Bob Burger It’s been a low-key national treasure since its premiere in 2011. Like many others on Fox’s adult animation list (The Simpsons, A man who loves family lifeking of the hill), the Lauren Bouchard series that follows a working-class American nuclear family. But what sets it apart from the rest is that retirees are not passive: they may be what society calls losers, but they love each other unconditionally. Considering today’s television landscape is largely populated by families who would soon have sold each other over the river rather than share a hug, Bob It is a welcome deferment.
Earlier this year, the series It settled when he got the big screen treatment. So there’s a good chance that, in his first season since becoming a cinematographer, Bob You will get a stream of new viewers. And thanks to the episodic nature of the show, beginners will have no trouble navigating at any point in the story.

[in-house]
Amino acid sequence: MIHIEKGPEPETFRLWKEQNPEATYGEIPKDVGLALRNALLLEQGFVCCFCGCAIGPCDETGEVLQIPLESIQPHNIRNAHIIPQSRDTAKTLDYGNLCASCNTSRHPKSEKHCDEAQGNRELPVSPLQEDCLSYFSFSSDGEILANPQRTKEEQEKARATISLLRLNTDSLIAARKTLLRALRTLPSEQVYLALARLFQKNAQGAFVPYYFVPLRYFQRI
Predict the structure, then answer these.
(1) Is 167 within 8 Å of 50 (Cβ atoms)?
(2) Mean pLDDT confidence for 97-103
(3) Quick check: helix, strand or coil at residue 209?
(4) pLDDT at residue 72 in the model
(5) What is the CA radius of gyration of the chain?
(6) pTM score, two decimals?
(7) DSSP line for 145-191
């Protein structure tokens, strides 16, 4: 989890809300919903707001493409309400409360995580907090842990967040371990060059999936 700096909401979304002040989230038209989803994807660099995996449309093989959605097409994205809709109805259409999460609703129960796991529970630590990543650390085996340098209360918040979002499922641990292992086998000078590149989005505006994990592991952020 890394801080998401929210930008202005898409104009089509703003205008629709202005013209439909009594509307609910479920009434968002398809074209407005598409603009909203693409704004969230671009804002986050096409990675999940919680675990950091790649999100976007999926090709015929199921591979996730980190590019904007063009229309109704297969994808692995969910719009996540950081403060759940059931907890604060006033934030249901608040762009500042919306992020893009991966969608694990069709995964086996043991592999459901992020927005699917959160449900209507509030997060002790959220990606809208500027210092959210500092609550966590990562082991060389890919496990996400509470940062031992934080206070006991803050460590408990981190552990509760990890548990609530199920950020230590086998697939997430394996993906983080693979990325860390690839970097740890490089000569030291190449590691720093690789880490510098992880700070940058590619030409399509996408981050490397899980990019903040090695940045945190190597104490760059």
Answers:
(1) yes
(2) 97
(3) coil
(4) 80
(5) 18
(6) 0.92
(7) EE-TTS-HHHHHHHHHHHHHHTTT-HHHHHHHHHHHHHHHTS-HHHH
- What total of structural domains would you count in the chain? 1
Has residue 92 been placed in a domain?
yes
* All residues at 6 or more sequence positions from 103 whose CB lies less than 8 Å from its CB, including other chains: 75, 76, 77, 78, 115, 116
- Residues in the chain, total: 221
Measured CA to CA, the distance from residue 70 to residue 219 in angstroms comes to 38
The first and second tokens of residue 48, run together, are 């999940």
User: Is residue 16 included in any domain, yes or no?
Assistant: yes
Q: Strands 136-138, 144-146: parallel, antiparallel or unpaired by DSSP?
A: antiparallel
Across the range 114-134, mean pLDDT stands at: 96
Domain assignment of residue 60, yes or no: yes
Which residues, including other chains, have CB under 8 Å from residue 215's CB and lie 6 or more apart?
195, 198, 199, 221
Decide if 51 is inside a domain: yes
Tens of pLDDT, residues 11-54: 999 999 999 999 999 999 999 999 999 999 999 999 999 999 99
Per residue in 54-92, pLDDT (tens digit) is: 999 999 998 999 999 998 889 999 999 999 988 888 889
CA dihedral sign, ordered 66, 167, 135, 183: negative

They may also start with the season 13 premiere, “To Bob, Or Not To Bob.” Written by Brothers Writing Team Wendy Molyneux and Lizzie Molyneux Loughlin, the episode is Bob Burger A classic that combines some of the series’ trademark elements: financial anxieties, mutual support, frustrated ambition, theatrical jokes, and of course Louise’s fantasies about high-end weaponry.
And like the series’ best premiums, the stakes are objectively low but personally high. Because when you’re a struggling restaurateur who manages to pay your rent on time for the first time in years, it doesn’t look like much from the outside; But anyone who is cash-strapped knows that on the inside, it means a lot.
That’s the case for the Belcher clan at the start of the episode, as they watch the latest flash-in-the-pan business next door close up shop. And since Bob’s Burgers is just barely solvent (for the moment, at least), Linda has an idea: Why not expand into the empty storefront?
Enter the Belchers’ flamboyantly wealthy landlord Calvin Fischoeder, striding through the door with an elaborate scheme. Years ago, he lost a trophy that his father won for “Best Businessing in the Bay,” and he’s convinced that his brother Felix stole it. Each year on the anniversary of the trophy’s disappearance, Fischoeder tries and fails to get Felix to confess. But he’s got a new idea this year, inspired by a production of Hamlet he saw by mistake: He wants the Belchers to act in a play he’s penned about the supposed crime, hoping that watching it will provoke Felix into revealing his guilt, Claudius-style.